This can only really be a personal overview and I’m only going to give brief outlines of the talks. I think Richard Bauckham’s talk is going to be published online, and it’s one where you’re better off reading the source than a second-hand description! And although the talks were important, the heart of the event was getting together and wrestling through the various issues, and giving us a safe space to express our own emotions.

These were particularly to the fore at the end of the first evening, after Martin Hodson’s “problems” talk presenting the latest updates to our environmental state. It need not be said that these were predominantly gloomy, with only a couple of potential green shoots. We then got into small groups to come up with our own ideas of what the problems were. Our group’s 14 post-it notes was not atypical.

The two morning talks gave some pointers to how we might go forward. Richard Bauckham encouraged us to rediscover the true nature of the Christian hopes. We’ve too often seen there just being one: our ultimate hope in eternal life with God in a fully restored creation, which has led to one of two opposite faults. Either we do too little to look after this one, or make an attempt to progress towards utopia on Earth (in line with post-Enlightenment thinking) and get frustrated when it doesn’t happen.

Instead we should see hope as rooted in a combination of love and faith, maturity and realism, seeing positive outcomes we can aim for which are feasible from where we are now. It may or may not be too late to avert major climate catastrophe, but we can at least do the best we can to mitigate from making it worse, to adapt as best we can, and help people imagine a possible future which is better than the one we fear.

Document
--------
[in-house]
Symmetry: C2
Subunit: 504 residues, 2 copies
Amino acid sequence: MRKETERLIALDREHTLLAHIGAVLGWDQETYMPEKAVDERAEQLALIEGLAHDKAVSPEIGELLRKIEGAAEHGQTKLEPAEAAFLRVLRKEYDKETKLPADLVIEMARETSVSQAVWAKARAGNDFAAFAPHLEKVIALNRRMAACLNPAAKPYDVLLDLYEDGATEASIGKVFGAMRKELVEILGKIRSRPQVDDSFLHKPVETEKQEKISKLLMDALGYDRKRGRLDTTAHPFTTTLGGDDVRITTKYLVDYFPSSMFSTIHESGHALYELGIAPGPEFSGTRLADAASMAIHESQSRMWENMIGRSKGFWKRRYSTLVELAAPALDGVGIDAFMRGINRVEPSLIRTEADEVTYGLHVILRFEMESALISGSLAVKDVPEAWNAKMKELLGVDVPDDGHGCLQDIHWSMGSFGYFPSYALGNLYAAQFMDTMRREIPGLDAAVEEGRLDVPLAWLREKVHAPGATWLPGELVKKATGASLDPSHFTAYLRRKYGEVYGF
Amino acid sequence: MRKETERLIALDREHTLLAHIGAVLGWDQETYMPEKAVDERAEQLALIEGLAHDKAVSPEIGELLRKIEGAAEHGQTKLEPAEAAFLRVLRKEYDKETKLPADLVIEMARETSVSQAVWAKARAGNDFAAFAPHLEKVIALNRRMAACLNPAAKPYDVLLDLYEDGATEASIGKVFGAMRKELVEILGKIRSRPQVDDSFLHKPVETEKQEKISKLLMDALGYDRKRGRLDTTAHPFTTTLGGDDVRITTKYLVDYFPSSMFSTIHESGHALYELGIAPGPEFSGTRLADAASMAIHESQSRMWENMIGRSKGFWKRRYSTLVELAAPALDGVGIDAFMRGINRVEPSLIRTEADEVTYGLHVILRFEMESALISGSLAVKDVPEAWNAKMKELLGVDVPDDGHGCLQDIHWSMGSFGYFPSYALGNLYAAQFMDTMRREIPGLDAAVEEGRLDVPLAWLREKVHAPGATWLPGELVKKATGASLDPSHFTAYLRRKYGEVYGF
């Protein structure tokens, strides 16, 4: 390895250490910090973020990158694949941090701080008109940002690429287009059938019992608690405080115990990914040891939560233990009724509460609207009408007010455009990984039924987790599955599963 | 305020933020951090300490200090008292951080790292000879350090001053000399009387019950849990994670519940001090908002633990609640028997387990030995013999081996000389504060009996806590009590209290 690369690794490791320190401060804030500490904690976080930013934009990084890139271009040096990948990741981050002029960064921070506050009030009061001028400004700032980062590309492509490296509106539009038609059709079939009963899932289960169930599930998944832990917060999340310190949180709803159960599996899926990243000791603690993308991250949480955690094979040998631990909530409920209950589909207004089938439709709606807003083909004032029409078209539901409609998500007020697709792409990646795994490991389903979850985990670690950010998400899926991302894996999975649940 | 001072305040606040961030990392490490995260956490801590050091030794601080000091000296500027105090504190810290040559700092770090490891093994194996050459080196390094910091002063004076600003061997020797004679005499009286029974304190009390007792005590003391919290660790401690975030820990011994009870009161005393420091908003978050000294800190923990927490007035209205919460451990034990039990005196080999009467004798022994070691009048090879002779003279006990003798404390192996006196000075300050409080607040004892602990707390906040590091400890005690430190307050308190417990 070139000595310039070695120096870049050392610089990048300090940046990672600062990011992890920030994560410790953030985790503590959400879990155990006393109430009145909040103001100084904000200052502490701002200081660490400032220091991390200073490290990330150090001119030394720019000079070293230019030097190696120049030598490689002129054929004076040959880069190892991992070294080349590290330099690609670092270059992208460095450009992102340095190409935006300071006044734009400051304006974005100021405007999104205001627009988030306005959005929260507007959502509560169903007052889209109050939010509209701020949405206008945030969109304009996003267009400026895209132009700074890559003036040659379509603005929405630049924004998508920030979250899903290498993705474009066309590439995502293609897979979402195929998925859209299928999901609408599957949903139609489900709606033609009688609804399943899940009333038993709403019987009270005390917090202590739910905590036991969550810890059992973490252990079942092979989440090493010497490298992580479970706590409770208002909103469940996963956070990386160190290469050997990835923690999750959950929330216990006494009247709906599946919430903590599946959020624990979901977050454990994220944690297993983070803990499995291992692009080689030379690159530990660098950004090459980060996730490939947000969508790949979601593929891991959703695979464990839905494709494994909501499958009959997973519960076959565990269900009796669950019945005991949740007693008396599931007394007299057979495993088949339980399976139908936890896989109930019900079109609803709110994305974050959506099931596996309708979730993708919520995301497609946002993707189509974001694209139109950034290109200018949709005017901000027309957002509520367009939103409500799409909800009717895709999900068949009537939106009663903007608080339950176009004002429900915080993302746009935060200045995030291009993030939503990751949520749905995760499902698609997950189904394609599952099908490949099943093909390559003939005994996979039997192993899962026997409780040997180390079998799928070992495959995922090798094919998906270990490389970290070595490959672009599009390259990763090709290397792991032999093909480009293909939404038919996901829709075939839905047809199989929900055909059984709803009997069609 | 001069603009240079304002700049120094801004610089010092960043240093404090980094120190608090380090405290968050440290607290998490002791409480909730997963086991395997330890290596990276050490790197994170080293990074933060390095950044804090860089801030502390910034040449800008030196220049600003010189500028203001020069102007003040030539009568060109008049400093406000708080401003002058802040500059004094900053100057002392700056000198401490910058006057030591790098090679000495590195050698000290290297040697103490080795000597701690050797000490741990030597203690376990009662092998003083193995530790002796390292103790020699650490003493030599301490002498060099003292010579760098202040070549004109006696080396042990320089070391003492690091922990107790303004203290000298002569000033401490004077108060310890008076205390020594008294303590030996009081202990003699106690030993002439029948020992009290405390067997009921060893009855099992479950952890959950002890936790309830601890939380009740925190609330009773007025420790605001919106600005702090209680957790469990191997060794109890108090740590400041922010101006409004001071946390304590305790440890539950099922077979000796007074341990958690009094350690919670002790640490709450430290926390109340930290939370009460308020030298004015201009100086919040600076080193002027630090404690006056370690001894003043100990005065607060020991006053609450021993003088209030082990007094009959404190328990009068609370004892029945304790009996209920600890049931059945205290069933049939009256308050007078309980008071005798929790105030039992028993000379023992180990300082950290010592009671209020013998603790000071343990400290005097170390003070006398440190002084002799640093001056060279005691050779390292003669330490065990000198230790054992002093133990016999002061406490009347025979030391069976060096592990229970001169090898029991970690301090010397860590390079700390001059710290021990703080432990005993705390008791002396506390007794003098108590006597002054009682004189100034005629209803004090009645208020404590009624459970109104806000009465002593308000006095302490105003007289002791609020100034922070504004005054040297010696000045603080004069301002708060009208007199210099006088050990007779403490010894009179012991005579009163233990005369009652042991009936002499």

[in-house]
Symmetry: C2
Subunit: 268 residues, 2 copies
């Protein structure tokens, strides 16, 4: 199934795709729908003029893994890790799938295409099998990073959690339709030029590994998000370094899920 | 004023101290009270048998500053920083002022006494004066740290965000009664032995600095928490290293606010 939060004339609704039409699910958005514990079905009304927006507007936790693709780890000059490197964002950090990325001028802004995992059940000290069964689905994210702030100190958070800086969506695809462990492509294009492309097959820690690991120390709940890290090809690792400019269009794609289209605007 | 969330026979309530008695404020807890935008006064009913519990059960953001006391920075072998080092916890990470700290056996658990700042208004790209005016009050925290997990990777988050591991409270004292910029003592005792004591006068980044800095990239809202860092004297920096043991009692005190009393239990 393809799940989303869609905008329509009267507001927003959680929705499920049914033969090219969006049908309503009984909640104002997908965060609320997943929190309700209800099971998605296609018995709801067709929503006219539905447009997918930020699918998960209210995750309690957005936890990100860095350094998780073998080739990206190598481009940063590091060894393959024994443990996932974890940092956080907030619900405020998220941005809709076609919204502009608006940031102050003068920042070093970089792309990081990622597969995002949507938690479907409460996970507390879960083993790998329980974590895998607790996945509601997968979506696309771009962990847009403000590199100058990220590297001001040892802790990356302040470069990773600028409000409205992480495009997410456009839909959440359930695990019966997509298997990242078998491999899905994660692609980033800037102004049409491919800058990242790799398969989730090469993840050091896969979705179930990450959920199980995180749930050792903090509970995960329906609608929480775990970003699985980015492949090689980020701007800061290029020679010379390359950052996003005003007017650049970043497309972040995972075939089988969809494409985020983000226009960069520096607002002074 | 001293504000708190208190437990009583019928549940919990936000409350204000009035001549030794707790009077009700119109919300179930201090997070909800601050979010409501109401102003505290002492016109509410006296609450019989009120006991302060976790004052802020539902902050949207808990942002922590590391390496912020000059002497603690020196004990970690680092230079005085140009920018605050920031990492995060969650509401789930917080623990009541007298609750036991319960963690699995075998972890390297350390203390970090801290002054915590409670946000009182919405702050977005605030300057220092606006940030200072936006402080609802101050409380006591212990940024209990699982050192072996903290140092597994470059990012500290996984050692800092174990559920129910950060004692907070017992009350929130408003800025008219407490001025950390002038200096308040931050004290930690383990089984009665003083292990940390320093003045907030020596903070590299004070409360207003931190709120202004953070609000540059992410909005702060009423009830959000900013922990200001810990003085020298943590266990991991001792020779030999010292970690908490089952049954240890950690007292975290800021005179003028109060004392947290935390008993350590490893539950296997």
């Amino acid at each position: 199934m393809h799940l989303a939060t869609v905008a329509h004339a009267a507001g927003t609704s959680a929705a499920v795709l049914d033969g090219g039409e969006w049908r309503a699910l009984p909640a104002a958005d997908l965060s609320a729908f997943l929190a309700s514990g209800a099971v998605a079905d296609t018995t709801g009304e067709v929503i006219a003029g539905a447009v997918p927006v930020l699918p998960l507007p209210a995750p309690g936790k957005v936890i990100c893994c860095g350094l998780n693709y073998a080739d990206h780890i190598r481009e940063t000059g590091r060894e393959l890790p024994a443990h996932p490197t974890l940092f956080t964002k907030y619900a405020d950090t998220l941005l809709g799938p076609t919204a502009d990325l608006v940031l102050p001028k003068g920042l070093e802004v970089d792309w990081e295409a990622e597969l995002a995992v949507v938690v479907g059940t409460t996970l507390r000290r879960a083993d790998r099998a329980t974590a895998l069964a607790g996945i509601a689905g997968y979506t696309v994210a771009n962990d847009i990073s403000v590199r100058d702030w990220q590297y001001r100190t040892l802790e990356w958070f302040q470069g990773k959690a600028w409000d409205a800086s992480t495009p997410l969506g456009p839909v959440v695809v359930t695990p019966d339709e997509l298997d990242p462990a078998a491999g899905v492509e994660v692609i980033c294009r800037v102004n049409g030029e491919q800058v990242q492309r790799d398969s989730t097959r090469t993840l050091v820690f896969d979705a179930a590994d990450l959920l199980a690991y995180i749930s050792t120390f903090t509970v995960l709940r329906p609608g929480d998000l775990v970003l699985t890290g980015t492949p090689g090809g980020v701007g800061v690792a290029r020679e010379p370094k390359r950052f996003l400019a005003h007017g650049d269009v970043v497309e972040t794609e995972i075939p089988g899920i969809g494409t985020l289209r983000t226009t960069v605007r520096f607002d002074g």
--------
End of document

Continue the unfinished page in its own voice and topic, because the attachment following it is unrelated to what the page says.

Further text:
Andy Atkins gave us the benefits of his practical experience as a campaigner. Again I can’t really do justice to his talk, but the main points I took away personally were the need to be wise in how we use what we have in the light of rapidly changing situations, and to ally with each other to use our respective strengths.

Interspersed through this were more time for group discussion, an Open Space discussion on various themes – our group looked at how we get a sustainability message out beyond our small community in the church – prayer and worship.

So what did I take away?

Perhaps greatest was a new sense of purpose and hope. It is so easy to get jaded, depressed and a sense that nobody else cares for what you do, but although the practical situation seems increasingly dire, there is still hope, plenty to do, and other supportive people there doing it too. In the week since the conference I’ve felt new passion for what I’m doing, and a few new positive ways to go forward.

It was certainly an encouragement to hear that our Sustainability in Crisis conference and this blog had been helpful to various people in their thinking and contacts.

I think the most urgent task, for me at least, is to get the message out to as many in the Christian community as possible, and now have a possible pathway for that to happen via a new contact in a significant place.

There was also a reminder that things are interconnected to a greater degree than we often see. I’ve been rethinking what I understand by stewardship/dominion in Genesis 1, which will be the subject of a future post, but if I’m right it could be helpful in unsticking some of the places the debate has got stuck.

But perhaps most is a reminder that we’re not doing this on our own: there is a community out there with the same concerns, and it helps to reconnect with them, reflect, and recharge periodically. The conference was much more than that, but had it been just that it would still have been worthwhile.